- Aug 31, 2014
Wednesday, July 13th • Stage info • Startlist • Roadbook • Rules • Weather: Start, Halfway, Finish
Starts at 13:50 - Live video from 14:15 - Finish at 17:30 (CEST) • Live ticker • Livestreams
Mountain passes & hills:
Km 38.0 - Côte de Minerve 2.4 kilometre-long climb at 5.4% - category 4
Km 57.0 - Côte de Villespassans 2.3 kilometre-long climb at 4.5% - category 4
Current GC standings:CyclingQuotes.com said:The long journey between the Pyrenees and the Alps in the second week of the race always mean that the sprinters have at least one opportunity in between the major climbs. While the stage to Revel may have been a bit too hard for some of them, they will all be keen to flex their muscles in the traditional stage to Montpellier that very often features on the course in between the major mountains. However, the flat terrain doesn’t mean that it will be an easy day for the GC riders as the area is famously known for its windy conditions and there will be lots of teams on the outlook for a chance to split the field to pieces.
At 162.5km, the stage between Carcassonne and Montpellier is relatively short. Bringing the riders in a northeasterly direction all day, it is a typical transitional stage. This part of France is mainly flat so there won’t be many challenges when it comes to the terrain. The category 4 climbs of Cote de Minerve (3.4km, 5.4%) and Cote de Vilespassans (2.3km, 5.4%) at the 38km and 57km marks respectively, will be the only chance to test the climbing legs on a day that offers very few metres of climbing.
While they continue along flat roads, the riders will contest the intermediate sprint at the 113.5km mark. It won’t offer many challenges either as it is flat and straight. From there, they will follow an almost direct route to Montpellier where a flat finale awaits them. There won’t be many technical undulations as the riders will take the final turn with 2200m to go. Then the 6km road only bends slightly to the left and the final 500m are completely straight. There is a very small 500m climb of around 2-3% just after the flamme rouge but the final 500m are flat.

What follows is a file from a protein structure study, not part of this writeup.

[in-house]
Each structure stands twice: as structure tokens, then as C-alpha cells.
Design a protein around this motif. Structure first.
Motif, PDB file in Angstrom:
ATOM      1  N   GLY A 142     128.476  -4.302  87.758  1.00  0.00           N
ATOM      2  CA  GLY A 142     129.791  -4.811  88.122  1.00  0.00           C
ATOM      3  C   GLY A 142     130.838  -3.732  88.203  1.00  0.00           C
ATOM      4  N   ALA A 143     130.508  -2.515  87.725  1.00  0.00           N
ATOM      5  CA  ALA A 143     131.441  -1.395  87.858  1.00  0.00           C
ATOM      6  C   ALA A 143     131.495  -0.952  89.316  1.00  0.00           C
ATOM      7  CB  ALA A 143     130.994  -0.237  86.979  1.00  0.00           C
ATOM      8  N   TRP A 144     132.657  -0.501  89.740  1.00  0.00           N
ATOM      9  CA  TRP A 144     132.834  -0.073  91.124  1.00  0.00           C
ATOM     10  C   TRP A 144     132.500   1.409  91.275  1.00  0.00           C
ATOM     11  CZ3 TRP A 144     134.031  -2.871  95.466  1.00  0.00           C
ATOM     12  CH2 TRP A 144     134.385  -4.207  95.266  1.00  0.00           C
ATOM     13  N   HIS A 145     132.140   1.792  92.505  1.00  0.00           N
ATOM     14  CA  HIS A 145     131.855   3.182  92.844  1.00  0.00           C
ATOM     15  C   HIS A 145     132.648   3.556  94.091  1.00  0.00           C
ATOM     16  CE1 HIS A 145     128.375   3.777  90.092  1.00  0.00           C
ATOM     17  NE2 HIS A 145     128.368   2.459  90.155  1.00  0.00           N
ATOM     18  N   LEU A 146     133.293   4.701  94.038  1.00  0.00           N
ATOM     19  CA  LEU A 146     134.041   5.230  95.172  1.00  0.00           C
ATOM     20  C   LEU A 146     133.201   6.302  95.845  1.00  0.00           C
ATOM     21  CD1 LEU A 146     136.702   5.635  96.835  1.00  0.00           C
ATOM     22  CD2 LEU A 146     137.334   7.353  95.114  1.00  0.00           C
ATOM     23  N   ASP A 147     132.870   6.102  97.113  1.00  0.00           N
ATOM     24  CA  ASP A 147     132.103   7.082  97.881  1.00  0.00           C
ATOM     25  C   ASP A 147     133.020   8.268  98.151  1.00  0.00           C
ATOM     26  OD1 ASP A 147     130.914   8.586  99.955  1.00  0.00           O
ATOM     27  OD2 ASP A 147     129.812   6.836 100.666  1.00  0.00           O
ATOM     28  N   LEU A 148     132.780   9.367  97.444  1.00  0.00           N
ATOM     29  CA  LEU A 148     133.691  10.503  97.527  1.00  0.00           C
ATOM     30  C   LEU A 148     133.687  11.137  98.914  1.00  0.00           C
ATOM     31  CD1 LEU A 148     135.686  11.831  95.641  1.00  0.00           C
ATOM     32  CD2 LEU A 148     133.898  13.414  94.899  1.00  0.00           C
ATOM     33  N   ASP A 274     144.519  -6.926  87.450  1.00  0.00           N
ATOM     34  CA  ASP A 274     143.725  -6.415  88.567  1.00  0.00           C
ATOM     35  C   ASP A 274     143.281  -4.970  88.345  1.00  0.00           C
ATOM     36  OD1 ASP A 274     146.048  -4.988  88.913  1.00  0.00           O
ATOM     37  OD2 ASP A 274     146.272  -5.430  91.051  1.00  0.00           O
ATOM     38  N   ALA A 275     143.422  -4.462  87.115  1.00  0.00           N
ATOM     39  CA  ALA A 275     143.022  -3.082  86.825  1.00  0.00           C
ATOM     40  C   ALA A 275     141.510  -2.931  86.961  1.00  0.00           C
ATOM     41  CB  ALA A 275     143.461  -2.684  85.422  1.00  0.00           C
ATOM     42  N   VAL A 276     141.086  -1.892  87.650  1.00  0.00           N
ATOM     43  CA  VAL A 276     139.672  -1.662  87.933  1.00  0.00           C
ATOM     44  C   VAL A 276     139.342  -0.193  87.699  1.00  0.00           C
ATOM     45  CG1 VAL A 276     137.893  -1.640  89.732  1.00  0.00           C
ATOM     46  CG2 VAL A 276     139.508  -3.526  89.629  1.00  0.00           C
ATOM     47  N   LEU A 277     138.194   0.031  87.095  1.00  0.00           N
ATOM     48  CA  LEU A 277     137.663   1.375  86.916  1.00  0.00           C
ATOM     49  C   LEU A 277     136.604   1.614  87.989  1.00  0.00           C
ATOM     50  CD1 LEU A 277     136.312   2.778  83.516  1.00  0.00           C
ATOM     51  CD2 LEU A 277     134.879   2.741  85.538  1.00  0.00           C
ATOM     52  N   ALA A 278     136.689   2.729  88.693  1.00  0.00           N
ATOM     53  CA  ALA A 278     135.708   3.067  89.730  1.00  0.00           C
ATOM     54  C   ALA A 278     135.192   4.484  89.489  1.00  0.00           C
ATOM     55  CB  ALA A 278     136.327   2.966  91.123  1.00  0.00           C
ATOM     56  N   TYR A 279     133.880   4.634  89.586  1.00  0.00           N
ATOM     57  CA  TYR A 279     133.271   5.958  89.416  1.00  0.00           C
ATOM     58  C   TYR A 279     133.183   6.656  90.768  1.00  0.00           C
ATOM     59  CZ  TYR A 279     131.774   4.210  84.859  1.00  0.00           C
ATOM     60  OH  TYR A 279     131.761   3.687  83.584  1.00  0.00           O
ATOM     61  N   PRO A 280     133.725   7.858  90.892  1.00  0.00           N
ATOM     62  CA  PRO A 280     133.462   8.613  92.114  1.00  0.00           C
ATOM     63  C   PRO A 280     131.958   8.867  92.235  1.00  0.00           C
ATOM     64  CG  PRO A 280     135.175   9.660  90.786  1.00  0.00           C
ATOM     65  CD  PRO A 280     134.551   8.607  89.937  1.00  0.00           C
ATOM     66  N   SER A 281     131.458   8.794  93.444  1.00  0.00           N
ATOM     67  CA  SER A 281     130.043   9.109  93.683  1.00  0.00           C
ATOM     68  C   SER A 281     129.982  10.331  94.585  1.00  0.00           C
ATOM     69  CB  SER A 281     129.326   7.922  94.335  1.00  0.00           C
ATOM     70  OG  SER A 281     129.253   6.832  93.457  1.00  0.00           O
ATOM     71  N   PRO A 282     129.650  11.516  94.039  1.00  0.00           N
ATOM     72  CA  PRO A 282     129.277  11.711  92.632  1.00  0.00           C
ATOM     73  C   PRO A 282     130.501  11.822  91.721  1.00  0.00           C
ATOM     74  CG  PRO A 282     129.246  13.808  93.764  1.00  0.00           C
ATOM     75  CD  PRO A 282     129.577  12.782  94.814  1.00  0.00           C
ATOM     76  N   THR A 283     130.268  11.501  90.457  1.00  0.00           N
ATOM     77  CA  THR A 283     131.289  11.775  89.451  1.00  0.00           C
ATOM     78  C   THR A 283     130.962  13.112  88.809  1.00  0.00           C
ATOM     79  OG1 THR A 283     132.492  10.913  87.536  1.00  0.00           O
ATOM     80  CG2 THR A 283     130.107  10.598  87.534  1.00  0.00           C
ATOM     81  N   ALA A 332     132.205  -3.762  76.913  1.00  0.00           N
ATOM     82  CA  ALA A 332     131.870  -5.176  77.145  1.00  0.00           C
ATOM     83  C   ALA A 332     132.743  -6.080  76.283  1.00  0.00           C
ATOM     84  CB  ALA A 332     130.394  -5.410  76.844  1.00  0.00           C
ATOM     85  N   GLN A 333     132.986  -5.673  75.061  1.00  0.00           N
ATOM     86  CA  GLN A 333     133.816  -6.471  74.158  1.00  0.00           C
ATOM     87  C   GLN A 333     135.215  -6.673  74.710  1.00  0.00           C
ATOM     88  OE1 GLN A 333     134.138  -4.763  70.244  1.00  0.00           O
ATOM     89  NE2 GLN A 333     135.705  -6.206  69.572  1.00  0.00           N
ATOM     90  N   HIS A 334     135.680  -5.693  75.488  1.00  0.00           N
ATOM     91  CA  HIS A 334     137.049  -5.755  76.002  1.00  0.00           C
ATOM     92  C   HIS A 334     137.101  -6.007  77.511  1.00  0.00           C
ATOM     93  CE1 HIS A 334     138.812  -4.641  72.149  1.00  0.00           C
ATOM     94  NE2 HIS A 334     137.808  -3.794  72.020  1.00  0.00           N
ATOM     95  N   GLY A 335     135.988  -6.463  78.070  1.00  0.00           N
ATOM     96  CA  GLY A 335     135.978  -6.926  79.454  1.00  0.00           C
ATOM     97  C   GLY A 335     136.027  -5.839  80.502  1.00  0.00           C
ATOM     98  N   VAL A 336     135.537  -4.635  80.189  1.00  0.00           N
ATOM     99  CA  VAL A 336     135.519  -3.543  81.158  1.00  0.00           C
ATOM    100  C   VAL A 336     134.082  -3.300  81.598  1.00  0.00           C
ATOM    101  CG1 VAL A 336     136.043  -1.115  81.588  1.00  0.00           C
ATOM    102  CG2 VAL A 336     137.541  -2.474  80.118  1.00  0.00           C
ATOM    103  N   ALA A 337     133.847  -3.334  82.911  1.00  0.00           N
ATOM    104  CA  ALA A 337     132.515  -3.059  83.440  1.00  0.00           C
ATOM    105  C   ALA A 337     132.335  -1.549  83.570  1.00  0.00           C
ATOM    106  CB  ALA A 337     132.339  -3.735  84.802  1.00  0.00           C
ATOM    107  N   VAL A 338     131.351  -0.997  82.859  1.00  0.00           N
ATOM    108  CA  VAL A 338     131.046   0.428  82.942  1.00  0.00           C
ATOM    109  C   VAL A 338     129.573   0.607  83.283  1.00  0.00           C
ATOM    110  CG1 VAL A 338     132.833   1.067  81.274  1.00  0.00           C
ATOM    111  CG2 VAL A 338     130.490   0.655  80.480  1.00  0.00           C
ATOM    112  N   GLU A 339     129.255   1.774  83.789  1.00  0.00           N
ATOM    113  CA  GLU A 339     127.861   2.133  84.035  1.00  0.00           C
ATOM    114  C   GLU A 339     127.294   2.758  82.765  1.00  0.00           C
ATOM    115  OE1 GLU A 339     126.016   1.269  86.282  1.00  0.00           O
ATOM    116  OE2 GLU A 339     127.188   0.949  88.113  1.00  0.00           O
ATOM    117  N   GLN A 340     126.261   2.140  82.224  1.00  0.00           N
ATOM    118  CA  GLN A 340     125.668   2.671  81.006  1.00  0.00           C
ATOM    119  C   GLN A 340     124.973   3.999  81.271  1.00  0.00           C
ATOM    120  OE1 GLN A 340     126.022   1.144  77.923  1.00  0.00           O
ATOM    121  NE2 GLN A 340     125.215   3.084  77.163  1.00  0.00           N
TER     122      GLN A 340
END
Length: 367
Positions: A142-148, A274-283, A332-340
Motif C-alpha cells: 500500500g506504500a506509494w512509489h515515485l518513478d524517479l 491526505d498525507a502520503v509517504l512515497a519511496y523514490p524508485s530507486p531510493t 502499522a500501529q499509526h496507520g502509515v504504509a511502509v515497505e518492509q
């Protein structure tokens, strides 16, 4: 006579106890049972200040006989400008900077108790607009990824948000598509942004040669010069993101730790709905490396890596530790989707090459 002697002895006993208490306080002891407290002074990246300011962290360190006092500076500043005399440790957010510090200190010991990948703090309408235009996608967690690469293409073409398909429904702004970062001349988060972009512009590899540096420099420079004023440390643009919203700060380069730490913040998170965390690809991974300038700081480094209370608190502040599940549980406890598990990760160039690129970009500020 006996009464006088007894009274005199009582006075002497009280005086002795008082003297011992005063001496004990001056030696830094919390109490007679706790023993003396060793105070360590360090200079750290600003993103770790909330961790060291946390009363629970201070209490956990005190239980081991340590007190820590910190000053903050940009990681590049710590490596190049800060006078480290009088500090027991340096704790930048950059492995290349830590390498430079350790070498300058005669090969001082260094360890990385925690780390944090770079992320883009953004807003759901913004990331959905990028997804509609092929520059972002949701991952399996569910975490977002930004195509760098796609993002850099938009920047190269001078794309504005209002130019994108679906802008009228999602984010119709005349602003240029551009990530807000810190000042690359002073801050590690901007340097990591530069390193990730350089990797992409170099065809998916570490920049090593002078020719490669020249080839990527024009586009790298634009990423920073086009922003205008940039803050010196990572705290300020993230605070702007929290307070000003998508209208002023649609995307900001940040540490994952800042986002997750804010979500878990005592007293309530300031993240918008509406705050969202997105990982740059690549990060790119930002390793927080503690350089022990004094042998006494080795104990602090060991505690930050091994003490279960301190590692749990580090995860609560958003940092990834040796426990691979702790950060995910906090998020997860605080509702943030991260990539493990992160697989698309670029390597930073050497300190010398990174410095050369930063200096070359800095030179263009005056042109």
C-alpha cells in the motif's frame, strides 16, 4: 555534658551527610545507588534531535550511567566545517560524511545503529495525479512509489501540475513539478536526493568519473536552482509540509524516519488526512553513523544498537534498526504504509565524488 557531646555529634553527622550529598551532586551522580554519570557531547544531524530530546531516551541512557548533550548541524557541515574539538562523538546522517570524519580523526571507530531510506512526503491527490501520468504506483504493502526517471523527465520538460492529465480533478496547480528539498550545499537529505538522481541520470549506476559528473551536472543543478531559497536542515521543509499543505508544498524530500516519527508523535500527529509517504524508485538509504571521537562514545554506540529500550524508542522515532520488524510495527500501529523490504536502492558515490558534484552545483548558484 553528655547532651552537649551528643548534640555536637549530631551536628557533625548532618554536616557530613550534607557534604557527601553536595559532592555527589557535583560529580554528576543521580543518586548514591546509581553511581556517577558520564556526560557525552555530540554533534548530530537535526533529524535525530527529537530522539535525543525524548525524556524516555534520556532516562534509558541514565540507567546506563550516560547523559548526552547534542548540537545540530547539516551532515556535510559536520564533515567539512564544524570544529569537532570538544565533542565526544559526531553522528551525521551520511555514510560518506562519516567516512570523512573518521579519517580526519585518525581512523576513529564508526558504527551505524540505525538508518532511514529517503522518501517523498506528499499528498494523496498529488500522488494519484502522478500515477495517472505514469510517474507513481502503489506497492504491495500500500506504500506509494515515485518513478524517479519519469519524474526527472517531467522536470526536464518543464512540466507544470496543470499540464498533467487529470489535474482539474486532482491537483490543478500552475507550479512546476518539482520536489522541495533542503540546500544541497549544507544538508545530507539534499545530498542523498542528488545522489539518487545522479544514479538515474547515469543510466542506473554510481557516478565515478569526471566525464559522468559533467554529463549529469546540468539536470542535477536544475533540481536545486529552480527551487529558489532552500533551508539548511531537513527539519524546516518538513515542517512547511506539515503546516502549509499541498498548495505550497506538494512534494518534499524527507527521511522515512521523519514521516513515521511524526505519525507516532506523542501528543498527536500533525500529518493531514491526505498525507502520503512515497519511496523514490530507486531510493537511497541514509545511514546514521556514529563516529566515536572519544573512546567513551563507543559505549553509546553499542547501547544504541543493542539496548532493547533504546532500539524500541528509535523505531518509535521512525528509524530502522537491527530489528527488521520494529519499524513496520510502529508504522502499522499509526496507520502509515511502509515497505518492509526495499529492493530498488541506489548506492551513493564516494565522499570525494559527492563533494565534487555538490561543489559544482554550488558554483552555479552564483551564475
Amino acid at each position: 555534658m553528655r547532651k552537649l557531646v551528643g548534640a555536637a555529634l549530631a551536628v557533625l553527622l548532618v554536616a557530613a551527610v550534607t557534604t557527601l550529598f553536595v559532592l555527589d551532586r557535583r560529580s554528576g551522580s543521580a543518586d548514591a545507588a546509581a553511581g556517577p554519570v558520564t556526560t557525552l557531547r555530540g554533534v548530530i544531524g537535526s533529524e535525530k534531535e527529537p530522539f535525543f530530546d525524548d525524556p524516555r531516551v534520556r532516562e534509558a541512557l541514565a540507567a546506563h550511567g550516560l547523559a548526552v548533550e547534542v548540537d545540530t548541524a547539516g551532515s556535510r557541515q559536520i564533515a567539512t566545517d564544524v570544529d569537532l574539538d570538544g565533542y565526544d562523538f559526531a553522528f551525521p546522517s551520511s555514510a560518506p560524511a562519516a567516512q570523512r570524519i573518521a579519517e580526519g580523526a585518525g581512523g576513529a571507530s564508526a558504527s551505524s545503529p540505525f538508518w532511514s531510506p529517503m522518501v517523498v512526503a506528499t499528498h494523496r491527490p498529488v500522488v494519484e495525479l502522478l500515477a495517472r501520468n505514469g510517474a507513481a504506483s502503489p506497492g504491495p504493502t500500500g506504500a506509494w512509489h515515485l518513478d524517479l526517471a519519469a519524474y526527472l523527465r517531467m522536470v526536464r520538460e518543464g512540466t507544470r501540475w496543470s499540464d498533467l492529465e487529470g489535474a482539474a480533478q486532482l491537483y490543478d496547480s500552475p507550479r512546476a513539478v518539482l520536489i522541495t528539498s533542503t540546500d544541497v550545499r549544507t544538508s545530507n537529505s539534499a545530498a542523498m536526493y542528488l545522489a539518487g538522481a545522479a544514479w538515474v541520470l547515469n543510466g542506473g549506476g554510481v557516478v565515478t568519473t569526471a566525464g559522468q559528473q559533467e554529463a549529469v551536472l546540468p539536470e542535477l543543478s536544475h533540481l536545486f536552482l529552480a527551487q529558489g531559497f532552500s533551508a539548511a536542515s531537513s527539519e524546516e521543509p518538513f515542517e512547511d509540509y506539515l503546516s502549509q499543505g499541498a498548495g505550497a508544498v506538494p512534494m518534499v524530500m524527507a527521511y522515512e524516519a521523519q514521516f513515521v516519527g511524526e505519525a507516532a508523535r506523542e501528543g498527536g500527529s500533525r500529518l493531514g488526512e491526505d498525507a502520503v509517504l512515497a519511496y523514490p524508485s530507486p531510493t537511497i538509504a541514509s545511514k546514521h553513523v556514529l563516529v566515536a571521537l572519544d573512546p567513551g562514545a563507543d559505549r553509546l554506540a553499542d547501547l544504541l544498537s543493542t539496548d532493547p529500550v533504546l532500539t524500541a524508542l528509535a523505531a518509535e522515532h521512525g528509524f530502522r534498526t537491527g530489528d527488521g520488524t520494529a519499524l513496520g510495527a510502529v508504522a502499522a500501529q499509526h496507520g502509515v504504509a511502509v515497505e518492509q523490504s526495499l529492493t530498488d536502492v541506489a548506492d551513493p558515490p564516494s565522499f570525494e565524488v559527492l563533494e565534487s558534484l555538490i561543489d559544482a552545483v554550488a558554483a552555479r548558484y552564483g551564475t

This is one of the final chances for the sprinters before Paris so they won’t miss out. With lots of high-level sprinters here, they should make sure that the early break will have no chance. However, the stage is likely to be very stressful and nervous as Montpellier is famously known for the Mistral wind. In 2005, Astana blew the race to pieces here and in 2013, the stage was so nervous that there wasn’t even a breakaway for more than 100km. However, everybody will be very attentive so the wind has to be very strong to really do some damage. The most likely outcome is a very big bunch sprint in Montpellier.
Montpellier is a regular feature on the Tour de France course. It last hosted a stage in 2013 when André Greipel took his only win at that edition. Two years earlier Mark Cavendish was the fastest while Astana won a memorable, technical team time trial in 2009. In 2007, Astana split the field in crosswinds before Robert Hunter became the first African to win a stage in a reduced bunch sprint. In 2005, Robbie McEwen emerged as the fastest in another bunch kick.
Withdrawals Stage 10:
DNF: LANGEVELD, Sebastian (Cannondale-Drapac Pro Cycling Team)
LANGEVELD (CPT) RENSHAW (DDD) LADAGNOUS, PINEAU (FDJ) MØRKØV (KAT) CONTADOR (TNK)
192 of 198 riders remain in the race.
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